Saturday, May 26, 2018
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Child labor: The Devil’s work 

Child miner at work. INQUIRER FILE

Cynthia, Pedro, and Luis, are you old enough to work?

Twelve-year-old kids are allowed in Egypt and Senegal for seasonal work, and in Benin for light agriculture. Thirteen-year-olds are allowed to work in Denmark as shop assistants, in Tunisia and Switzerland for light non-industrial labor.

A 14-year-old is permitted by law in Cyprus for construction, in India and Sri Lanka for street trades. A 15-year-old child is permitted to work in Thailand in bars, and in Dominican Republic in mining.

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In 1992, the employment of Filipino children below 15 years old was made both illegal and unethical, courtesy of RA 7610 and RA 7658. As expected, Shell Philippines, Caltex, Total, and Petron ceased hiring kids as gasoline boys and promised to eradicate the disgraceful phenomenon in the oil business.

However, Doubting Thomases persist to ask – and with a valid reason, of course – how does the Department of Labor enforce this law in favor of Boyet, Isagani, and Cristina, when it cannot even enforce the law for employers to remit SSS and pay correct wages and other benefits to their parents?

Filipino kids still working in the new millennium

Did we just launch The Philippine Program Against Child Labor 2017-2022 that aims to rescue one million Filipino children from child labor? Mario, Abigail, and Joel raised their hands into the air to celebrate.

Is the Philippines a worthy signatory to the United Nations Convention on the Rights of the Child? How come that, with enough laws against child labor, we can still find the most shameful forms of child labor in every nook and corner of our beloved Motherland?

Did ILO Convention No. 182 clearly define the evil of child labor and sharply pointed to small scale mining as one of the deadliest forms of employment?

Yet, in our small-scale mines, the daily survival acts of Toto, Joel, and Dante carrying heavy sacks of rocks, fetching clean water, loading the thick logs used to support the underground tunnels, or running errands for regular workers form a part of the dirtiest landscape of rural poverty.

Yet, our Filipino kids as young as 5 years are still working, some of whom are given daily dosage of cheap performance-enhancing drugs so that they could withstand 16 hours of work in the mining pits. Related research-based fact-finding narratives are easily accessible and available on YouTube and google.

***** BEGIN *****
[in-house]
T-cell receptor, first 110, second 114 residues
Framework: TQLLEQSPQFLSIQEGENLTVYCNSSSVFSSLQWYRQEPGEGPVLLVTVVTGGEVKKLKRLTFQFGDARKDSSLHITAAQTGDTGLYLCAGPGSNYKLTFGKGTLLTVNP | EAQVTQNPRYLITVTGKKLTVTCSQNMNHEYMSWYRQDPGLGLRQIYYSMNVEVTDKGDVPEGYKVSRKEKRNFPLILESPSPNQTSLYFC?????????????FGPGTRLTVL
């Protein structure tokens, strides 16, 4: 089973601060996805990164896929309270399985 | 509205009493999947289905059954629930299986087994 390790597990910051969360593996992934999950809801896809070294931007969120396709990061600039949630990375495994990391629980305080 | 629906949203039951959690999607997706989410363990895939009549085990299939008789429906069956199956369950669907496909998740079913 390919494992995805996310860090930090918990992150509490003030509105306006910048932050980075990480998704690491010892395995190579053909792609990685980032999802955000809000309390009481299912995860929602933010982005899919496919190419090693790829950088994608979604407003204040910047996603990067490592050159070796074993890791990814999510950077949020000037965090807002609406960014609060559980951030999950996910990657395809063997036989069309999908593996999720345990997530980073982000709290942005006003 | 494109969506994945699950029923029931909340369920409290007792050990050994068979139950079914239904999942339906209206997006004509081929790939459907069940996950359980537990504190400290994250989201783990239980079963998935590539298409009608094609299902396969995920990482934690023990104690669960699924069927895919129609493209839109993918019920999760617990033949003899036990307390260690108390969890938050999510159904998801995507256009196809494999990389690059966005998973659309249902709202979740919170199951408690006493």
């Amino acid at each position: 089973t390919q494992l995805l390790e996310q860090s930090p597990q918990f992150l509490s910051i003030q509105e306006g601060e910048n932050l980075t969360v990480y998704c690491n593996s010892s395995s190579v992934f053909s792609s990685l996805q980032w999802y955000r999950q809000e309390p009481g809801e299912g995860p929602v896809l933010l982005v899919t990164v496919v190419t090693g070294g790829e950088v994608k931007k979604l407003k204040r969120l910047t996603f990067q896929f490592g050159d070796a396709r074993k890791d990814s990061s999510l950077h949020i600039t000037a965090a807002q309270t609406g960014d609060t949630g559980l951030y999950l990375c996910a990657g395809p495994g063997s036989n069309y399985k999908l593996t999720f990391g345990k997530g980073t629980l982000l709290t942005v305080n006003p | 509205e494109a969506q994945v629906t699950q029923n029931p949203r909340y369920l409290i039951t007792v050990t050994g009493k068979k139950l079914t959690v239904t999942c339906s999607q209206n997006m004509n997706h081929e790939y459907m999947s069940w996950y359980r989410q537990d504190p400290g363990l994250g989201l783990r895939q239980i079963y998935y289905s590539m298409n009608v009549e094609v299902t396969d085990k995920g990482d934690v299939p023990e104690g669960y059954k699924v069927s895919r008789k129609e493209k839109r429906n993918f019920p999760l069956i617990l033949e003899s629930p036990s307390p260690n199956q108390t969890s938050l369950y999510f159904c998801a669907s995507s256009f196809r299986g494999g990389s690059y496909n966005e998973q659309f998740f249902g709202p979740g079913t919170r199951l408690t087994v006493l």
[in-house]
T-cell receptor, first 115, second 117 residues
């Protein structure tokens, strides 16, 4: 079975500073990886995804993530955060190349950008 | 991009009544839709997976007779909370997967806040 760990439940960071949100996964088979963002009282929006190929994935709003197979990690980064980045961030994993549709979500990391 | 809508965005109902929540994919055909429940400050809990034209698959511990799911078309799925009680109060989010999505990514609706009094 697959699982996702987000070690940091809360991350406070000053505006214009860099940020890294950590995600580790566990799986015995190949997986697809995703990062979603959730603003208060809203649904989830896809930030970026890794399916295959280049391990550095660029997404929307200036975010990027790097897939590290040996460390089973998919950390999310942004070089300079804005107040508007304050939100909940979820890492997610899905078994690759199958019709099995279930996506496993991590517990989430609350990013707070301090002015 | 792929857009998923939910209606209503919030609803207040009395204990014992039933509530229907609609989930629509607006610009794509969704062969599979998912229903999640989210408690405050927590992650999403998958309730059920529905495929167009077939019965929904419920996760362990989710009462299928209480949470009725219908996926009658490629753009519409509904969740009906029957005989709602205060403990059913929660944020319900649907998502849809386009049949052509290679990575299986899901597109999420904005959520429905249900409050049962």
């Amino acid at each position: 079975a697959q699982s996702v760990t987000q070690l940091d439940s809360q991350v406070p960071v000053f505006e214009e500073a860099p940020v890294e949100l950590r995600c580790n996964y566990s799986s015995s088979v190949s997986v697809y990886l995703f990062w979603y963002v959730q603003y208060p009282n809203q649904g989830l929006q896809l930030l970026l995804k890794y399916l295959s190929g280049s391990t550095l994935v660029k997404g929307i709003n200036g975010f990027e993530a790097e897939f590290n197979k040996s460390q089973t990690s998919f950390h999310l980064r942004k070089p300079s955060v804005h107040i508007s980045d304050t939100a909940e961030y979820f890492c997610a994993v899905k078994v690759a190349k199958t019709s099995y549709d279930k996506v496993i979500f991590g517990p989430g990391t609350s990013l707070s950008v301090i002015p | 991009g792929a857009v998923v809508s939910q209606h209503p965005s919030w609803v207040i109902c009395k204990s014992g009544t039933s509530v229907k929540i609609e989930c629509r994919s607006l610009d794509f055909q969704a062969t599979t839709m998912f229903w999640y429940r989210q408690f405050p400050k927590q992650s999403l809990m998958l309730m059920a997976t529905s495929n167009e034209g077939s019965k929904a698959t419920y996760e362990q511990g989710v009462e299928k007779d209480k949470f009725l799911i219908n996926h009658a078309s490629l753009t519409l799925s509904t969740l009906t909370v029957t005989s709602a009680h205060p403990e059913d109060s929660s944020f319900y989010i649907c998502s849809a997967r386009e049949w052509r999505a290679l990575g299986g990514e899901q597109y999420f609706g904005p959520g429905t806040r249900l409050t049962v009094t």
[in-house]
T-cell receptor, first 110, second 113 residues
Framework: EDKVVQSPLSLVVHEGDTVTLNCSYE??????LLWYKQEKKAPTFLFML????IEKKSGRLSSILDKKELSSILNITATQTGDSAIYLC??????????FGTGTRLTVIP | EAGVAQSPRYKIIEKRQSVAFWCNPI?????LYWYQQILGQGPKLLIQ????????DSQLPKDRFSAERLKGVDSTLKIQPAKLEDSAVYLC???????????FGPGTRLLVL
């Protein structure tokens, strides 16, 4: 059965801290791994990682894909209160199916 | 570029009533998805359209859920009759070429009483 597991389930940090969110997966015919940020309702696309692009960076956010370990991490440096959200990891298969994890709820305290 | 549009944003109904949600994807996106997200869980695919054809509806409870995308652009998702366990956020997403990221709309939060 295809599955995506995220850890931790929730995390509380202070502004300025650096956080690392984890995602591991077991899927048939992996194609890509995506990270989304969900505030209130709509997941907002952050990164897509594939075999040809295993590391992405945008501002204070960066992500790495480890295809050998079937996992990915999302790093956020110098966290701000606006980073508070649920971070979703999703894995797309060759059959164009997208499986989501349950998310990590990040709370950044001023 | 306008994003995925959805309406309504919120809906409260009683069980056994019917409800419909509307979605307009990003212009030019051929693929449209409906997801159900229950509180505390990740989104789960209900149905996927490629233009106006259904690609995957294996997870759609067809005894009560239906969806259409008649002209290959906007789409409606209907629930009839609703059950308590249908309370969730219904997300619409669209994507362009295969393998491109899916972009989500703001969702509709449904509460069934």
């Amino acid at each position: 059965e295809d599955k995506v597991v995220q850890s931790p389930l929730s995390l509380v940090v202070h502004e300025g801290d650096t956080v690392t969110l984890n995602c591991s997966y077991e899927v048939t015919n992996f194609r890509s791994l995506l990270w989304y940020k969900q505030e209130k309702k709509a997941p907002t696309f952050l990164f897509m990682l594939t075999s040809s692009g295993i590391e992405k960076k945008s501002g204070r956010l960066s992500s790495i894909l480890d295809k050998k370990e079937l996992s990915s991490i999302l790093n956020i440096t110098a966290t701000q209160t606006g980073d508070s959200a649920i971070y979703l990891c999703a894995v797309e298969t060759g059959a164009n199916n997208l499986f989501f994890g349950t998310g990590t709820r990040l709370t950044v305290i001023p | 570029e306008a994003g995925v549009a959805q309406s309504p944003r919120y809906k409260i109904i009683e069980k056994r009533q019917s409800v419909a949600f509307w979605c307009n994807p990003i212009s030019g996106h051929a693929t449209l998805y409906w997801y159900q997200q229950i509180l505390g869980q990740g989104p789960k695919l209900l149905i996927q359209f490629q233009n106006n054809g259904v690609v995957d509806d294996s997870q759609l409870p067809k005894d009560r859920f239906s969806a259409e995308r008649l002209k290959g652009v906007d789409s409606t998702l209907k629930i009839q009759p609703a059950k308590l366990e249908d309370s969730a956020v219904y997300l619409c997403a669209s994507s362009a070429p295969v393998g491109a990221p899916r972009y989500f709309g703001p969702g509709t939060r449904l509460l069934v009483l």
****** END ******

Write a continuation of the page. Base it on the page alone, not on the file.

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As long as poverty widens and greed corrupts the souls 

Why do 5,000,000 of our kids continue to work, completely stop going to school – up from 4,000,000 in 2001 – and are unable to escape from this vicious cycle?

Why do 2,100,000 Filipino children still take on hazardous work, repeatedly exposed to extreme weather, poor working conditions, and long working hours while using substandard tools and crude equipment or, for those working in shit-hole chemical factories, using their bare hands without gloves and without face masks?

Why do they at an early age offer themselves for (or are forced into) prostitution, pornography, or lewd performances?

Meet Laura, Clara, and Diego who live in extreme poverty. “Mahirap lang po ang tatay at nanay ko” (My parents are poor) and so, fundamentally, they are forced to work in order to supplement the family’s meager income.

In the urban centers, the phenomena of street children and child labor are the twin offspring of lady poverty. The most pressing act of the day is for parents and kids to earn a living in order to make both ends meet.

Even the lowest payments in cash or in kind are a welcome relief to the poverty-stricken families where these Gigi, Boy, and Lorenzo belong.

Distorted values and beliefs

Regrettably, the poor parents of David, Nelson, and Juana believe that the kids must help to pay debts and support the family. So, Kiko, Jun, and Maria are sacrificed at a tender age as they send their siblings to school while they ironically stay out of school.

The unhappy story of teenager Sarah Balabagan comes back to mind. Parents Bai and Karim Balabagan allowed their adolescent-daughter Sarah to work as a domestic helper in the United Arab Emirates.

At the tender age of 14, Sarah, already the breadwinner in the family, suffered in jail from 1994-1996 after stabbing and killing her elderly employer who tried to rape her.

During the height of her ordeal, the father expressed the low-life wish (I couldn’t believe it) that Sarah be freed so she could earn for the family again.

Dear Filipino bosses, the kids are physically deteriorating, mentally wasting, morally decaying, and lowly aspiring. Of course, Omar, Kim, and Shiela have the same human dignity and are endowed too with basic human rights like you and me.

Never forget that child labor is not only a crime, but also an immoral act. The crime is committed against the nobility of humankind and the immoral act is committed against YHWH God, who forewarned you: “See that you do not despise one of these little ones” (Matthew 18:10).

Filipino kids, still working? Your angel in Heaven covers her face in utter shame as the Devil’s laughter is heard everywhere in Hell.

Jose Mario Bautista Maximiano is a pioneer of CSR and Business Ethics education in the Philippines, author of Pope Francis, the Catholic Bishop, and the Priest (2015) and The Church Can Handle the Truth (2017). Comments to jomaximiano@gmail.com.

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TAGS: child labor, exploitation of  children, human rights, ILO Convention No. 182, Jose Mario Bautista Maximiano, opinion, RA 7610 and RA 7658, rights of children, The Philippine Program Against Child Labor 2017-2022, United Nations Convention on the Rights of the Child
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